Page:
Major trauma centres across England are to get access to a new fund of £21 million to tighten up their cyber security, the Department of Health has announced.

Twenty-seven hospitals will use the money, which is in addition to the £50 million investment already announced by the government, to modernise IT systems, fund staff training, and strengthen defences against a cyber attack.

The move - which follows the recent WannaCry ransomware outbreak that took down computers in several organisations around the globe, including the NHS - forms part of the government’s long-awaited response to the Caldicott review of data security.

The government says it accepts all ten of the data security standards recommended by last year’s report, including measures to protect systems against data breaches, ensuring NHS leadership takes ownership and responsibility for data security, and a new consent/opt-out model that gives patients a less complex choice about how their personal confidential information is used.

Under the plans, new data protection legislation is to be introduced from May 2018 to allow for stronger penalties for data breaches and reckless or deliberate misuse of information, while the Care Quality Commission will weave cyber-security into its programme of inspections from September this year to ensure data security standards are being adhered to.

There is also a new requirement for each organisation to assign responsibility for cyber security to an executive board member, and for significant cyber attacks to be reported to CareCERT (Care Computer Emergency Response Team, set up to provide advice and support on cyber security threats) as soon as possible after being detected.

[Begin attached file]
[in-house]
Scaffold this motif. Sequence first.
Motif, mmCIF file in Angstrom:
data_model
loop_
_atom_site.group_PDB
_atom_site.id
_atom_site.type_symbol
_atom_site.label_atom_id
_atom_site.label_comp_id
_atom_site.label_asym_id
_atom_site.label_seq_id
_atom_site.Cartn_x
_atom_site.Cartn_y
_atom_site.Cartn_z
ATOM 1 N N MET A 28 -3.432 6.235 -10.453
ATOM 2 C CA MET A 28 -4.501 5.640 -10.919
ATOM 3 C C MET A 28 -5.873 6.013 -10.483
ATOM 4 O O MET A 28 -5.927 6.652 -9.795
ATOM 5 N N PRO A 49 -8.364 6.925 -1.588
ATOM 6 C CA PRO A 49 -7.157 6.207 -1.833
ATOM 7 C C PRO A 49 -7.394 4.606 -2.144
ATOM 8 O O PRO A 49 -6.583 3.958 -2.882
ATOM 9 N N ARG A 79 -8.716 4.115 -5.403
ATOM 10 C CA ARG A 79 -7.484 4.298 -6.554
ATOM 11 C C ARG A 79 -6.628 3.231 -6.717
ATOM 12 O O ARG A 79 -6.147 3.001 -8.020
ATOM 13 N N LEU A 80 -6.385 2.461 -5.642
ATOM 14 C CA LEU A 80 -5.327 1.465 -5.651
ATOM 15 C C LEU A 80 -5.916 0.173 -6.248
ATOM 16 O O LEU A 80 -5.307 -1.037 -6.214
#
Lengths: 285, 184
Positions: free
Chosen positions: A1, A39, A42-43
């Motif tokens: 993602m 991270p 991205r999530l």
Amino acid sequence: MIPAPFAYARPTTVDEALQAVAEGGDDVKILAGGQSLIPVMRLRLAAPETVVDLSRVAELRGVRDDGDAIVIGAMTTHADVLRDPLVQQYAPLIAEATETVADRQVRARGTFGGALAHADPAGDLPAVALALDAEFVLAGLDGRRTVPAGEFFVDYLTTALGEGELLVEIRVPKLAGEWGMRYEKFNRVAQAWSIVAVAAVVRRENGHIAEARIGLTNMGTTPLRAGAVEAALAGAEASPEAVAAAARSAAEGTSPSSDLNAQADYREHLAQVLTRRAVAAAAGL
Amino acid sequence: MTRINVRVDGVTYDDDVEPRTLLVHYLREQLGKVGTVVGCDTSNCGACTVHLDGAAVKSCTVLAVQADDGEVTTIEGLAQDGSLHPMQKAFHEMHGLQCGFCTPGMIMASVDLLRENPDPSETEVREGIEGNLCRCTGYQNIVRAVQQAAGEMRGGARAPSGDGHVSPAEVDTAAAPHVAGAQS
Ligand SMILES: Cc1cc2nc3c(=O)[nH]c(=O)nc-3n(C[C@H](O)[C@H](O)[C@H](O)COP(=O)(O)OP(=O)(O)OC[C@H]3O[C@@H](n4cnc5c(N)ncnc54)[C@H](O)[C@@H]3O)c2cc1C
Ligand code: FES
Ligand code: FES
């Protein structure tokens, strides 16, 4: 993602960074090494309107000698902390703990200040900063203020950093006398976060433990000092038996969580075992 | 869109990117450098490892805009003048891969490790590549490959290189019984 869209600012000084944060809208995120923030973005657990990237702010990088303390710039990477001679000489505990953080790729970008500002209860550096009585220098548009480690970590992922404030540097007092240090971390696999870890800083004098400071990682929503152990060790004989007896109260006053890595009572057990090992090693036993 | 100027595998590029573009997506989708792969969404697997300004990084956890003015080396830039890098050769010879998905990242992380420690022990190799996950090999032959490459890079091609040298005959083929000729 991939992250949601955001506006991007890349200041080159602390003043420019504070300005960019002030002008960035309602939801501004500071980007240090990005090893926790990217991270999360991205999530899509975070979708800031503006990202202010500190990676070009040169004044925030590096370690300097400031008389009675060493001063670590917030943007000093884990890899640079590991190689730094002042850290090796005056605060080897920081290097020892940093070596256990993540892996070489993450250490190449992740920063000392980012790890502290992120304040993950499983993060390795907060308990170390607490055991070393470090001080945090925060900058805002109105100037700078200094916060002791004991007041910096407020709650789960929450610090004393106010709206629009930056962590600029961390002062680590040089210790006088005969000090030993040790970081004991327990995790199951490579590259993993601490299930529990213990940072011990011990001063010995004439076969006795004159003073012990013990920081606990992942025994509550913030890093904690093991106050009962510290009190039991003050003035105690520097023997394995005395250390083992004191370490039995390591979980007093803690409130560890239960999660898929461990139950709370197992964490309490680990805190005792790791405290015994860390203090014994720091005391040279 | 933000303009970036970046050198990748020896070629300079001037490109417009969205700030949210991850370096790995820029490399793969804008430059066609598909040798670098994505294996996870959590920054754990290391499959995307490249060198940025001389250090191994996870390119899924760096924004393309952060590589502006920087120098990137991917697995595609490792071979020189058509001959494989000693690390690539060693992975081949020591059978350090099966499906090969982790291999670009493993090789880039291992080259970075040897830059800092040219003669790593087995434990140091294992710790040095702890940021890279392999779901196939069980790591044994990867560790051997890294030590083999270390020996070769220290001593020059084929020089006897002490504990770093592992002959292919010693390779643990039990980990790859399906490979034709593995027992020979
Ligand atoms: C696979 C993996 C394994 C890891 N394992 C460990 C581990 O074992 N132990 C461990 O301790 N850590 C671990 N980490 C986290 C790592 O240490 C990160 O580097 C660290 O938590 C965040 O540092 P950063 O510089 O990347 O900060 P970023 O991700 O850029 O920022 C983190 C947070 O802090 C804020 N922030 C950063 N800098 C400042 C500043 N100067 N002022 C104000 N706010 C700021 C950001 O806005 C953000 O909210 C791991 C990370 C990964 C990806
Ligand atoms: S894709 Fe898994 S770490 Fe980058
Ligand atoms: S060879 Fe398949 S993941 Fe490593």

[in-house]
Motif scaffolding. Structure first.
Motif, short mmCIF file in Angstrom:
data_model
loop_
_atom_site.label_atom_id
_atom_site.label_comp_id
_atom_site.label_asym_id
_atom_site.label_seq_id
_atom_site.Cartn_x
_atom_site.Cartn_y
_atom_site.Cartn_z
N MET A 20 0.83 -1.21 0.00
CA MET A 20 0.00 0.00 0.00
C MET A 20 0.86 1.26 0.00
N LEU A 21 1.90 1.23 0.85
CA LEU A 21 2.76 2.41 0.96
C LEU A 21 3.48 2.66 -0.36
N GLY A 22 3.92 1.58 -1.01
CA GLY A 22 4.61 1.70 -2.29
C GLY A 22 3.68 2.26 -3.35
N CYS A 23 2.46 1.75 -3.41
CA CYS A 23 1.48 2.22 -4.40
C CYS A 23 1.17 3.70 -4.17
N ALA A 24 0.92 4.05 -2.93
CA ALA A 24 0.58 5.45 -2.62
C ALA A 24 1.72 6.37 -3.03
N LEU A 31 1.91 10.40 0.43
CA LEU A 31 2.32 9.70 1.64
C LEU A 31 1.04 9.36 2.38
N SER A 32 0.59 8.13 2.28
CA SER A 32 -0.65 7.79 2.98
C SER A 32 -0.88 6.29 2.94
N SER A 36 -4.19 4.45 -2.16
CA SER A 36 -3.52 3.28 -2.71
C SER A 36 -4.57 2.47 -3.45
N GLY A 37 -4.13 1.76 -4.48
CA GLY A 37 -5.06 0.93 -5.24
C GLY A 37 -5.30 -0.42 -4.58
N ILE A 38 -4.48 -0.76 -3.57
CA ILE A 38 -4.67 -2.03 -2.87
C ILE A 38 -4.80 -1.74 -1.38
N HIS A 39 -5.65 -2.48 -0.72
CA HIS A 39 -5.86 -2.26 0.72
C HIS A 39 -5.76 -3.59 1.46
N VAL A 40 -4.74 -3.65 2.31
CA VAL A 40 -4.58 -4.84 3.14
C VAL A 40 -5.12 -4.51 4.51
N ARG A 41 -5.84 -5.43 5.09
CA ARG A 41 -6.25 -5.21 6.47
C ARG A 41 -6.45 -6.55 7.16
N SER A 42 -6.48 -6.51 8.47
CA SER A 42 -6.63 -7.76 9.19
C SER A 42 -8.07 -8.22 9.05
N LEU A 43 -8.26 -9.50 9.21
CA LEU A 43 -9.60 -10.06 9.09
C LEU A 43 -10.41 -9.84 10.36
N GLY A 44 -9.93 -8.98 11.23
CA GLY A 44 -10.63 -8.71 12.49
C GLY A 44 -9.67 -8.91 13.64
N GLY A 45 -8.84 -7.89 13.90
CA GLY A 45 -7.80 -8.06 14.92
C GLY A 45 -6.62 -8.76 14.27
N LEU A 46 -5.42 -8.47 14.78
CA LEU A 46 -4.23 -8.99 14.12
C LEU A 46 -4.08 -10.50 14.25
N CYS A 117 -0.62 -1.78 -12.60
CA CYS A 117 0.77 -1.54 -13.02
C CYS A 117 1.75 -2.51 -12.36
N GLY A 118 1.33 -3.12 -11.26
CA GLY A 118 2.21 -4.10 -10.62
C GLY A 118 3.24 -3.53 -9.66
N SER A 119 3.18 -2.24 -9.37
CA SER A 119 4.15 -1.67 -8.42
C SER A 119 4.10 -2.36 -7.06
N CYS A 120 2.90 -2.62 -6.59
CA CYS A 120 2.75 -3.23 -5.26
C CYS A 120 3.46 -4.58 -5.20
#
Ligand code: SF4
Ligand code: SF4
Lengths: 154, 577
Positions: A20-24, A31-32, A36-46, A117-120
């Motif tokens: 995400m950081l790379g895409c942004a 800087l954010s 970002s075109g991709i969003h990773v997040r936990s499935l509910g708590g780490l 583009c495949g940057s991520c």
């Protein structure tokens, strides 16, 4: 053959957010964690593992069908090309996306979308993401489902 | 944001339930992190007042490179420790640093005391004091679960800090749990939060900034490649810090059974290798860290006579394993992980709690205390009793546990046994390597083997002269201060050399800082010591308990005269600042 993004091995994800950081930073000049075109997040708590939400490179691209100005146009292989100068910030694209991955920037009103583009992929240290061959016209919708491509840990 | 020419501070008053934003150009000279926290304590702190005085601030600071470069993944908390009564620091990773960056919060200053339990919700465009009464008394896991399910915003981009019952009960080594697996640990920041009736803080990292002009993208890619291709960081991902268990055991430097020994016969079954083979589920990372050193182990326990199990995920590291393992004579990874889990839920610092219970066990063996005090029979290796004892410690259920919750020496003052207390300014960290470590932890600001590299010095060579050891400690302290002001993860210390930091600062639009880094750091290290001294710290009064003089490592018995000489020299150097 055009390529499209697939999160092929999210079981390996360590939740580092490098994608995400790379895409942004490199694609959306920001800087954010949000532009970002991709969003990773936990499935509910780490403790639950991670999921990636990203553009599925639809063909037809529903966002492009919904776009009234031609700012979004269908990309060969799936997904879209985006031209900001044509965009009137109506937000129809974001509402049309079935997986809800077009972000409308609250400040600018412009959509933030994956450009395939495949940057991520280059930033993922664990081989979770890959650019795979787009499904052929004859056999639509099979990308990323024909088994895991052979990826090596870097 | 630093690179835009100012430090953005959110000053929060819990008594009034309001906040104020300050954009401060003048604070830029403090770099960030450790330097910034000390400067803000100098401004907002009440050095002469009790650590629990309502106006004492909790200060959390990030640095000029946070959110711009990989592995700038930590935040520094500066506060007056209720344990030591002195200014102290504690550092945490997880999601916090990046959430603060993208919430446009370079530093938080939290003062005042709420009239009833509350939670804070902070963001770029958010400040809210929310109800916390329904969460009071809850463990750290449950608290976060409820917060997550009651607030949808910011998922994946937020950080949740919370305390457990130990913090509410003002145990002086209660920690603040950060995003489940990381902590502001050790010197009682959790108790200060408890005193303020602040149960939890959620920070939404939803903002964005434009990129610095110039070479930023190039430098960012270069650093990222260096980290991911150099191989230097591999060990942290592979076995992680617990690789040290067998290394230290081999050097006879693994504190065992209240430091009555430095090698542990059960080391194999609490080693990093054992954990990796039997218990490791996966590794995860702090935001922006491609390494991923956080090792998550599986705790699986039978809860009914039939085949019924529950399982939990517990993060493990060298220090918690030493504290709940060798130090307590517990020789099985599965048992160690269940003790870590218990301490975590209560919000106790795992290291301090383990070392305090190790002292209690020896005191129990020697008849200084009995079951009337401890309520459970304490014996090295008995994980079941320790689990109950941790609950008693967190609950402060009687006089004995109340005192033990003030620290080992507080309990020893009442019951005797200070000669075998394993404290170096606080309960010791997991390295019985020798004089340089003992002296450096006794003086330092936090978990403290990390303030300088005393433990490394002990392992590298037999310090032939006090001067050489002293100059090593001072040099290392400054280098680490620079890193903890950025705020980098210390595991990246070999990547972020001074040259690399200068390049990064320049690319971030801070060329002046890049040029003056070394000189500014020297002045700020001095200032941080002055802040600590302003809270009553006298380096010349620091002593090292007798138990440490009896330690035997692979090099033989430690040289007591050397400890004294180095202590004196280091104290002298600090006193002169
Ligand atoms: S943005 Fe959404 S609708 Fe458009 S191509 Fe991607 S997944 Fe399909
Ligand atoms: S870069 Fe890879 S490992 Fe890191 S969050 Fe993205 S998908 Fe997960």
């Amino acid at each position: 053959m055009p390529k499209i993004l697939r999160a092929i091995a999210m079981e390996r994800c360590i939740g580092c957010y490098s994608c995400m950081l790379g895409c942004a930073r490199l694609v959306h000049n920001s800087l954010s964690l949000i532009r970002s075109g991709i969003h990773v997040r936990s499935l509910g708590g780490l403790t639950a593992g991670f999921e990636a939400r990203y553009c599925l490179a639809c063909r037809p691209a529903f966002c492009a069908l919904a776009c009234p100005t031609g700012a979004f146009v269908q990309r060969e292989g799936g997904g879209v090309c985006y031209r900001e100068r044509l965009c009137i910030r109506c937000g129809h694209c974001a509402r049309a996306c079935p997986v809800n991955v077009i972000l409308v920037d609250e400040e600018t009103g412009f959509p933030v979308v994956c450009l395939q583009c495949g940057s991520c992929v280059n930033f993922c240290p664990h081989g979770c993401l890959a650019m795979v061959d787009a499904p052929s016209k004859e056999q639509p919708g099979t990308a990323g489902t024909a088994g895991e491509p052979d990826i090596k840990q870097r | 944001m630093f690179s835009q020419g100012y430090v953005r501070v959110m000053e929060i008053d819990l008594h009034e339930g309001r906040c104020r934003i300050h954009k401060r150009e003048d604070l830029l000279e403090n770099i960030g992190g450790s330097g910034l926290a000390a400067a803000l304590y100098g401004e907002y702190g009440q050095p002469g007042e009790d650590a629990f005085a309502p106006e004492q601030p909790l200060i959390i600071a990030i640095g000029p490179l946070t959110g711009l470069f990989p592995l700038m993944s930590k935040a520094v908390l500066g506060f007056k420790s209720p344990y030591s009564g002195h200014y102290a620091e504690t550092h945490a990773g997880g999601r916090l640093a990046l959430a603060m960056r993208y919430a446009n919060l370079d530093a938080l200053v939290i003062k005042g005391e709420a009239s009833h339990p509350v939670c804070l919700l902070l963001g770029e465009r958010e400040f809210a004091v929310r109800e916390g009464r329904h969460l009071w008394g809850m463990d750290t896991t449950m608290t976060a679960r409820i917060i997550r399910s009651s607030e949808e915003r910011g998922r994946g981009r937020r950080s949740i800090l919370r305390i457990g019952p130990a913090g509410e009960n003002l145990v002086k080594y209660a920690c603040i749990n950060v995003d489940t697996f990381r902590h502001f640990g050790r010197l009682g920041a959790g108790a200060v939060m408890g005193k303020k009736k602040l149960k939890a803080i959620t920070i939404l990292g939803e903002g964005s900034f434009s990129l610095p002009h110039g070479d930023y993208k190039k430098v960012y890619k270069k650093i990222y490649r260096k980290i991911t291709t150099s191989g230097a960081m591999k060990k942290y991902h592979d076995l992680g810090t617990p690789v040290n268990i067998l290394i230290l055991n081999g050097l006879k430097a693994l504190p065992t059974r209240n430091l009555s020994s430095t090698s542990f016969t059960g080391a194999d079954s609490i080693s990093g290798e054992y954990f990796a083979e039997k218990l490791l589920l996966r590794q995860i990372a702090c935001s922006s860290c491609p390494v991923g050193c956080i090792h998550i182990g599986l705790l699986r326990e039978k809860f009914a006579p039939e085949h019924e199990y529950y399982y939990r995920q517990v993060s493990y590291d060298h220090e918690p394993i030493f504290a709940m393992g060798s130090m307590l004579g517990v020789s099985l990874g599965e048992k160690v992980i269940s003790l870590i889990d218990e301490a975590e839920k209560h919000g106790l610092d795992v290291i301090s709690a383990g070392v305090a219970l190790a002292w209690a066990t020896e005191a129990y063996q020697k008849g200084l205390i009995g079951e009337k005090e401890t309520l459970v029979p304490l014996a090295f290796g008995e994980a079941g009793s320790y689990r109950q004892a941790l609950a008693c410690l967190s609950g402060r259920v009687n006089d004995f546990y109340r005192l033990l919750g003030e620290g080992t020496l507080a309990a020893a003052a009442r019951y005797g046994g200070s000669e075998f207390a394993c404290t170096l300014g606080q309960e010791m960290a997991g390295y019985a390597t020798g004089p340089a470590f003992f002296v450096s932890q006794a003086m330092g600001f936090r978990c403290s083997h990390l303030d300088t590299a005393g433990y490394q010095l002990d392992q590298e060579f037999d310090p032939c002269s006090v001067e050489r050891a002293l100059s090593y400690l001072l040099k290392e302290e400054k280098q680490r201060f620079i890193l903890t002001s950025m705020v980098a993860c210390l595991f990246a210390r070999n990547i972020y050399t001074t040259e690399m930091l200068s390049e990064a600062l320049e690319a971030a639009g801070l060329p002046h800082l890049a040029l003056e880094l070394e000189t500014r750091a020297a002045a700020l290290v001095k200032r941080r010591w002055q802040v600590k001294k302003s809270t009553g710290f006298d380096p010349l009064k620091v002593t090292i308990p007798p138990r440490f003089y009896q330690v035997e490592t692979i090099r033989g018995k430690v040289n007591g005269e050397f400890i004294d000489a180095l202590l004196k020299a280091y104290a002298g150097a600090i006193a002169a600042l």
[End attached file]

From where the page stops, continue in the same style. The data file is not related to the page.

NHS Digital will support the new data security standards and signpost health and care organisations to tools to identify potential vulnerabilities through the redesigned Information Governance Toolkit and the associated CareCERT suite of services, and will develop and implement a mechanism to de-identify data on collection from GP practices by September 2019.

Protecting information

“With the growing threat of cyber attacks including the WannaCry ransomware attack in May, this government has acted to protect information across the NHS,” said Health Minister Lord O’Shaughnessy.

“Only by leading cultural change and backing organisations to drive up security standards across the health and social care system can we build the resilience the NHS needs in the face of a global threat.”

Patient data pressure group medConfidential says it is “cautiously positive” that the government’s response would help see patient data properly protected.

“We welcome the clear commitment that patients will know how their medical records have been used, both for direct care and beyond. This commitment means that patients will have an evidence base to reassure them that their wishes have been honoured,” said Phil Booth, Coordinator of medConfidential.

“Some of the details remain to be worked out, but there is a clear commitment from the Secretary of State…It is now up to NHS Digital and NHS England to deliver.”

Former health minister Lord Darzi, director of the Insitute of Global Health Innovation at Imperial College London, also backed the measures, noting that they strike “the right balance between the interests of patients, the NHS and medical science”, reports The Telegraph.